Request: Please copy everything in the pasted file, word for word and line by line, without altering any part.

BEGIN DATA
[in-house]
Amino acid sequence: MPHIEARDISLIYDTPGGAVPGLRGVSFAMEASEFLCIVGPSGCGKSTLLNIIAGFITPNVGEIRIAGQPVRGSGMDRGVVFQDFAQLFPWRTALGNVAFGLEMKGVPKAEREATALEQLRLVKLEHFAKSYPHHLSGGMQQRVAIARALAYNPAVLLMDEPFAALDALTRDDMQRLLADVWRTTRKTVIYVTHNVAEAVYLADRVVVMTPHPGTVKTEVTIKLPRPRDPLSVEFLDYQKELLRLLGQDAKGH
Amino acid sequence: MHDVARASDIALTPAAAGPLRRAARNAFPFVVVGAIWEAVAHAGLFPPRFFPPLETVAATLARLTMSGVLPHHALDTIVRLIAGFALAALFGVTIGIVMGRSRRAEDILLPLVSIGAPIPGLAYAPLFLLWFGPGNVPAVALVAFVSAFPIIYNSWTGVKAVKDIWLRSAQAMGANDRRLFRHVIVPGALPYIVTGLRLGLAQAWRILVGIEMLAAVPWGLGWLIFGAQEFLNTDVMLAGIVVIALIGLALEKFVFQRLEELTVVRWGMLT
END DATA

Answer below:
[in-house]
Amino acid sequence: MPHIEARDISLIYDTPGGAVPGLRGVSFAMEASEFLCIVGPSGCGKSTLLNIIAGFITPNVGEIRIAGQPVRGSGMDRGVVFQDFAQLFPWRTALGNVAFGLEMKGVPKAEREATALEQLRLVKLEHFAKSYPHHLSGGMQQRVAIARALAYNPAVLLMDEPFAALDALTRDDMQRLLADVWRTTRKTVIYVTHNVAEAVYLADRVVVMTPHPGTVKTEVTIKLPRPRDPLSVEFLDYQKELLRLLGQDAKGH
Amino acid sequence: MHDVARASDIALTPAAAGPLRRAARNAFPFVVVGAIWEAVAHAGLFPPRFFPPLETVAATLARLTMSGVLPHHALDTIVRLIAGFALAALFGVTIGIVMGRSRRAEDILLPLVSIGAPIPGLAYAPLFLLWFGPGNVPAVALVAFVSAFPIIYNSWTGVKAVKDIWLRSAQAMGANDRRLFRHVIVPGALPYIVTGLRLGLAQAWRILVGIEMLAAVPWGLGWLIFGAQEFLNTDVMLAGIVVIALIGLALEKFVFQRLEELTVVRWGMLT